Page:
EVERETT — After coming close but not having enough votes earlier this month to pass a $259 million bond issue, the Everett School Board now plans to talk about what to do next.
A work session is scheduled to begin at 4:30 p.m. Wednesday at the district’s administration building at 3900 Broadway.
Pam LeSesne, school board president, said that board members will likely discuss whether some issues, such as school overcrowding, need to be emphasized more to voters.
“The need is there and the need won’t go away,” she said. Five elementary schools, Cedarwood, Silver Lake, Mill Creek, Woodside, and Emerson, are over capacity by 300 students, she said.
Parents of Cedarwood students, seeing all the development along Bothell-Everett Highway, may ask of the school district, “Oh my gosh, what are you going to do?” she said.
Students living outside the boundaries of Jackson High School and Heatherwood Middle School who ask for variances to attend those schools are turned down because there’s no room, LeSesne said.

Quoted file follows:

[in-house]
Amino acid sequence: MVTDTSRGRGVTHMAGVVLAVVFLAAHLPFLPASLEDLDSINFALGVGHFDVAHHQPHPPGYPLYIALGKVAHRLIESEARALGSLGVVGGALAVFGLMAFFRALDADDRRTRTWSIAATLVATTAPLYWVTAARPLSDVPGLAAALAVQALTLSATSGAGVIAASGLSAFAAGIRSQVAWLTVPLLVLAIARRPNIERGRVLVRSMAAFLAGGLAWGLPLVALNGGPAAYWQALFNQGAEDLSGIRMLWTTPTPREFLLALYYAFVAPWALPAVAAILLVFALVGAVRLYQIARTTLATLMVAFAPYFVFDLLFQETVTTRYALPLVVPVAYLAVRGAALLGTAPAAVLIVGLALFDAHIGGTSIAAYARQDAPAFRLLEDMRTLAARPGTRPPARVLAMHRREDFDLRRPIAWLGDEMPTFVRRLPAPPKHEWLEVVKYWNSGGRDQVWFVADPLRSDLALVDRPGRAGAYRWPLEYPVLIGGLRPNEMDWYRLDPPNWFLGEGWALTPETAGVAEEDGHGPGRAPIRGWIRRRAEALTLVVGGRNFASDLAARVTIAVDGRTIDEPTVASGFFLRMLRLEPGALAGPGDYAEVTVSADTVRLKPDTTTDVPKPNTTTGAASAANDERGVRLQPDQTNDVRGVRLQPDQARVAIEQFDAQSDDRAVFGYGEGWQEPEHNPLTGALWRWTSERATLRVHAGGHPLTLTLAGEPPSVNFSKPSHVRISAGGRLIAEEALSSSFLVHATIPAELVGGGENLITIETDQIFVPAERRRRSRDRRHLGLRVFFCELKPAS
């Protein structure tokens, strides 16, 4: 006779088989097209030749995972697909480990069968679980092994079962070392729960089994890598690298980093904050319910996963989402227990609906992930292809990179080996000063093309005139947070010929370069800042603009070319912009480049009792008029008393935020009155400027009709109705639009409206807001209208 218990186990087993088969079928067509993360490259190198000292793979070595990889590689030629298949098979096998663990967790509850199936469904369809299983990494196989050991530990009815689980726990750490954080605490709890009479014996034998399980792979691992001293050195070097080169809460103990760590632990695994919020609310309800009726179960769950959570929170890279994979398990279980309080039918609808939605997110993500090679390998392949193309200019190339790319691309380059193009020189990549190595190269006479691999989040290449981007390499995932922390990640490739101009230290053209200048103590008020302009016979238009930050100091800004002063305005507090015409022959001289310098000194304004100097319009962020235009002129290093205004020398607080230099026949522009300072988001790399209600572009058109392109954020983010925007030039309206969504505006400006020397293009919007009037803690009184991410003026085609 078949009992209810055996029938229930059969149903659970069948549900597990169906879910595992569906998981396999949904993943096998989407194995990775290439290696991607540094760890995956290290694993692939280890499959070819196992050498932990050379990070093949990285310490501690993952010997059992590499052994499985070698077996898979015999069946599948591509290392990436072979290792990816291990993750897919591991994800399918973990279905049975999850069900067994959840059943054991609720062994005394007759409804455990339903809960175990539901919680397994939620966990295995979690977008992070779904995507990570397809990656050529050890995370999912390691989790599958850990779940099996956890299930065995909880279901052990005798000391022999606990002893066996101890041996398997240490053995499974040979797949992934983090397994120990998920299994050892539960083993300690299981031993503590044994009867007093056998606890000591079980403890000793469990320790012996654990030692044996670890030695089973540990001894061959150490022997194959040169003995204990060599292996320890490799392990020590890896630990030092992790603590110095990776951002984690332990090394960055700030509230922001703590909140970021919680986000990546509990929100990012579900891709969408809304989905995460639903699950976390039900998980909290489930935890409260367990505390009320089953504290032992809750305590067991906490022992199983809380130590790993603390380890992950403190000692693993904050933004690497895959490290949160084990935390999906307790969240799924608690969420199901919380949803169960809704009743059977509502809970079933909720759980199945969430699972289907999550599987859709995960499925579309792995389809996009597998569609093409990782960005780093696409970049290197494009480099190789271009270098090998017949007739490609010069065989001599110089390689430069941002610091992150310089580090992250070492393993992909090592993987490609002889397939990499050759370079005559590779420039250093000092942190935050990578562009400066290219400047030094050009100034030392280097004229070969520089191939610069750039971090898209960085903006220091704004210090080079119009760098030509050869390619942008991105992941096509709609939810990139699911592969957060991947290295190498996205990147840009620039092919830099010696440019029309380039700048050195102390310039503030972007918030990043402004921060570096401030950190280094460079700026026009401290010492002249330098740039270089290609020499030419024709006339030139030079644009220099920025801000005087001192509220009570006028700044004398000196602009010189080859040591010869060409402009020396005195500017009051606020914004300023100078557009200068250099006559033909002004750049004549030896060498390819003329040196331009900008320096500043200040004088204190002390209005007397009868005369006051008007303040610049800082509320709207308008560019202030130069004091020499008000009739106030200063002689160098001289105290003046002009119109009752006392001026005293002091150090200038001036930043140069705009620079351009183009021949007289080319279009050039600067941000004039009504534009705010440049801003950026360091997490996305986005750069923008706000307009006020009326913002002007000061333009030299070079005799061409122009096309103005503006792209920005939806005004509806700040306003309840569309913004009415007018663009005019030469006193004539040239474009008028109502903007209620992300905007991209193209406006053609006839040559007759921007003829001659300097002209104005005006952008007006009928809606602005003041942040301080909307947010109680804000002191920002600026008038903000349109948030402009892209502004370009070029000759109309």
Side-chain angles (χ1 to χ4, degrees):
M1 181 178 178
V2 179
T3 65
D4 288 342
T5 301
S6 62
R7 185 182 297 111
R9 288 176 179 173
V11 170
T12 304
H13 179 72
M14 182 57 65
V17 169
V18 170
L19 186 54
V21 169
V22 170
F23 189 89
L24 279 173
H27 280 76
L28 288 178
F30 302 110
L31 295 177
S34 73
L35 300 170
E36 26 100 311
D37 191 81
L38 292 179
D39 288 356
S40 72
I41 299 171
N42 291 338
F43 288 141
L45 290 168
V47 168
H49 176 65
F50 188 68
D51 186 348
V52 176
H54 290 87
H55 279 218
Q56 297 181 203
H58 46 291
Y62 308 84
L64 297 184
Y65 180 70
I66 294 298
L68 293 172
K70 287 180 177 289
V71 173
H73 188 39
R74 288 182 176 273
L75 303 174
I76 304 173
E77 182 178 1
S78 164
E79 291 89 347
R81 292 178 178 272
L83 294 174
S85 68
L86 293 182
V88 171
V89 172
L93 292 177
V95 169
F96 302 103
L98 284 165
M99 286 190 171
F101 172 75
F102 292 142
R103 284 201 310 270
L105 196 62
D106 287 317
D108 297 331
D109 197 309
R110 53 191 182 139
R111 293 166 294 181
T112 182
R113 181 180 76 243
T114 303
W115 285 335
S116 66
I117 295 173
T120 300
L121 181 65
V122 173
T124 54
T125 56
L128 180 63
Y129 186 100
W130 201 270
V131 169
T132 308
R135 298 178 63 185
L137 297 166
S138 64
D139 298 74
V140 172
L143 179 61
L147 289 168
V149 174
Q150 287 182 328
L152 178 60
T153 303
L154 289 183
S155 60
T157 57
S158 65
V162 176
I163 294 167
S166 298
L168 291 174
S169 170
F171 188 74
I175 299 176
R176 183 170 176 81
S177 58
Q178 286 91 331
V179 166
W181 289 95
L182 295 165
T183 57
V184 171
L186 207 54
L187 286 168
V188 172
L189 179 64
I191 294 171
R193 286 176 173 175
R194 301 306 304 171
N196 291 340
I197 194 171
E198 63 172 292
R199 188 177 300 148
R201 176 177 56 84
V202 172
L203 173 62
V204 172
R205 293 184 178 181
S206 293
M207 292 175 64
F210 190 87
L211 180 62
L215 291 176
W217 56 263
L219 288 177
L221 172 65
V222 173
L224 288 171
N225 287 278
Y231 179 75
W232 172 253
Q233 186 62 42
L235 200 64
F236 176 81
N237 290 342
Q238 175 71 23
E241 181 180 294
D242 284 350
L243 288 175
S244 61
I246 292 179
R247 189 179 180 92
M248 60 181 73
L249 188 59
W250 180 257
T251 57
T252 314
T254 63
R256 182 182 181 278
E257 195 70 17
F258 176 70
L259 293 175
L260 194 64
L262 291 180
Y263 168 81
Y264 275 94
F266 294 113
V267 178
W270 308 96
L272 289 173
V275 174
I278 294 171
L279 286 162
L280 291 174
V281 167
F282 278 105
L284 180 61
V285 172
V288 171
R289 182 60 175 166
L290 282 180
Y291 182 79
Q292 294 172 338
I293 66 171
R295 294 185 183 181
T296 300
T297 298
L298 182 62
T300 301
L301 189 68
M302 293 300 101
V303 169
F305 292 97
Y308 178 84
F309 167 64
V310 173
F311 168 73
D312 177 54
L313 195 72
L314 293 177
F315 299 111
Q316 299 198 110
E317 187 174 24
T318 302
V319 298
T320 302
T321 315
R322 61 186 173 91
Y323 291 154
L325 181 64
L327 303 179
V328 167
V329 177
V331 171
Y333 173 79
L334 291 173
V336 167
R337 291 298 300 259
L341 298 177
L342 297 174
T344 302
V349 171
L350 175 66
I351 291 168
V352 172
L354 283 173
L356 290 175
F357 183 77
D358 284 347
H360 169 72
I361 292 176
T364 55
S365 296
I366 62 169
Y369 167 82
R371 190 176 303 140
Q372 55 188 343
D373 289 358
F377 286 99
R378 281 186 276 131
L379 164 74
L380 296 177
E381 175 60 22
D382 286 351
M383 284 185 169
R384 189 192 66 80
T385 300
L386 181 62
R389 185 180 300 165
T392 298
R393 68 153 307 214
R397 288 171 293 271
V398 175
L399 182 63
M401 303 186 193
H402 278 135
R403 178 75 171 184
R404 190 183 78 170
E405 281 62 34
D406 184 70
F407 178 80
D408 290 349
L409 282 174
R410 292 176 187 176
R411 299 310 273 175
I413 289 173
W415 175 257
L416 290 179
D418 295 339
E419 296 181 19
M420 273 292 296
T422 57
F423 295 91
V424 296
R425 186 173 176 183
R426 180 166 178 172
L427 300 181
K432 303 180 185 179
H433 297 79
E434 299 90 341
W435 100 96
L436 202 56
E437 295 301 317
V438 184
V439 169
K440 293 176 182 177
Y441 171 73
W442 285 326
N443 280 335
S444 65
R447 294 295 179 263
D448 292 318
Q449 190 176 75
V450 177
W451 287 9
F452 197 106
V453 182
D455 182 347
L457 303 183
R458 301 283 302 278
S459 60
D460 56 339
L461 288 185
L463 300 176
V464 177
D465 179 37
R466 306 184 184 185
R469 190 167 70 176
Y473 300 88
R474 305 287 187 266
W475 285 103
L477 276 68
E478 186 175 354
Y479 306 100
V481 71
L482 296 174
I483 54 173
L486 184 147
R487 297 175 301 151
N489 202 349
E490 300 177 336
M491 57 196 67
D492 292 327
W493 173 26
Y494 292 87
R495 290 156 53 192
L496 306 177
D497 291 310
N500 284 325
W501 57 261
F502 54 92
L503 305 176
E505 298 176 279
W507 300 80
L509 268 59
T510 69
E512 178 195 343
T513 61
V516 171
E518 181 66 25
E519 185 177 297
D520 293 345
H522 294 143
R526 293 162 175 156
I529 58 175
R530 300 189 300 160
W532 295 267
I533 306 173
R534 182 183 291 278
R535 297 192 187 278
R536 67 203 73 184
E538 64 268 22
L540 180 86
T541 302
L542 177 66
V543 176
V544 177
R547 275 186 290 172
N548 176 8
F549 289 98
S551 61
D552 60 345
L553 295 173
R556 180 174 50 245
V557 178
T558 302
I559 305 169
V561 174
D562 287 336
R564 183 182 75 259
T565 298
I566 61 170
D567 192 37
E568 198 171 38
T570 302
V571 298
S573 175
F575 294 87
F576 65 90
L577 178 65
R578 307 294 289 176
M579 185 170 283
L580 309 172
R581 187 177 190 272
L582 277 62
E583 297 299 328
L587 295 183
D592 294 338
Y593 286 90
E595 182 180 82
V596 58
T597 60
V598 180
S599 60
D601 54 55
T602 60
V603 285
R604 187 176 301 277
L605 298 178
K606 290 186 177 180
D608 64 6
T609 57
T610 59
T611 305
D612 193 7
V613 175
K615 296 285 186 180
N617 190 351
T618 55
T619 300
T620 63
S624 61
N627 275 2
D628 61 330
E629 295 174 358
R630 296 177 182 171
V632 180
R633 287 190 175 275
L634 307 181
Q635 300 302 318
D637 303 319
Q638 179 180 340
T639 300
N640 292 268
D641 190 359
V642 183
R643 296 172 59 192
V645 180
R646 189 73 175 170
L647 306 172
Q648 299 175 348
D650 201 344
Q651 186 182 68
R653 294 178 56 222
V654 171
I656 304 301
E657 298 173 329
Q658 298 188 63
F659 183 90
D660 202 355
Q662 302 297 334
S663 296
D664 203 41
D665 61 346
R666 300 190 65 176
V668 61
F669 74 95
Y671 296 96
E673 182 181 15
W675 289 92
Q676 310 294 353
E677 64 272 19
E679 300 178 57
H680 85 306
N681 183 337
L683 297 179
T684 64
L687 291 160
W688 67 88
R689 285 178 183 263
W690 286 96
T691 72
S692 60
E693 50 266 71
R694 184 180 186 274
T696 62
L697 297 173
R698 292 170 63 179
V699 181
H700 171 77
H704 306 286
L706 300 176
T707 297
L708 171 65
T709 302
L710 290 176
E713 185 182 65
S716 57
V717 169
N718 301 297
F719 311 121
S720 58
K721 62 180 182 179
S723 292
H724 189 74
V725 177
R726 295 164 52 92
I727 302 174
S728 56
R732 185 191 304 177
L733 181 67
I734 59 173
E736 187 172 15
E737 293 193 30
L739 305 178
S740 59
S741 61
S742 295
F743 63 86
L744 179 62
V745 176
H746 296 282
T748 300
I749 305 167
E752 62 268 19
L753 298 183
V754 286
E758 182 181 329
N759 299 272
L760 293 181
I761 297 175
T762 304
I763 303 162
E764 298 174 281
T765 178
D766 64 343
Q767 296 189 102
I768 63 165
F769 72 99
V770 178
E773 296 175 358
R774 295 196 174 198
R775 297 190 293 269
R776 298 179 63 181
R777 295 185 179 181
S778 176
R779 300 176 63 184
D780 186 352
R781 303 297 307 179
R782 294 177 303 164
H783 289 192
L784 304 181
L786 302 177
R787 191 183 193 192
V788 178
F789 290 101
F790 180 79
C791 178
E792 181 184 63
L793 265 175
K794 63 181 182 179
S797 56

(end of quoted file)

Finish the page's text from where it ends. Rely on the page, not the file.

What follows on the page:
A new high school, a new elementary school and a major upgrade to North Middle School were among the projects included in the $259 million bond issue.
Fifty-eight percent of voters approved the bond issue, but that was still short of the 60 percent required for approval.
The district’s operating levy did pass, with nearly 61 percent voting yes. Levies pass with a simple majority.
LeSesne said she sees both votes as an indication that the community supports its schools.
Although special elections rarely draw big voter response, even with mail-in elections, the countywide participation rate of 29 percent was lower than the 37 percent originally projected by county election officials. Every school district in the county except Index, Stanwood and Arlington, had money issues on the ballot.
At Wednesday’s work session, no official action can be taken. LeSesne said she hopes that anyone from the public interested in commenting on a future bond issue will turn out for the school board’s next regular meeting on Feb. 25.
The school district needs to have schools that are safe, modern and upgraded so students can continue to get a quality education, she said.
“I would hope people will come forward and tell us how do we get there if we don’t modernize,” she said.
Sharon Salyer: 425-339-3486 or email@example.com.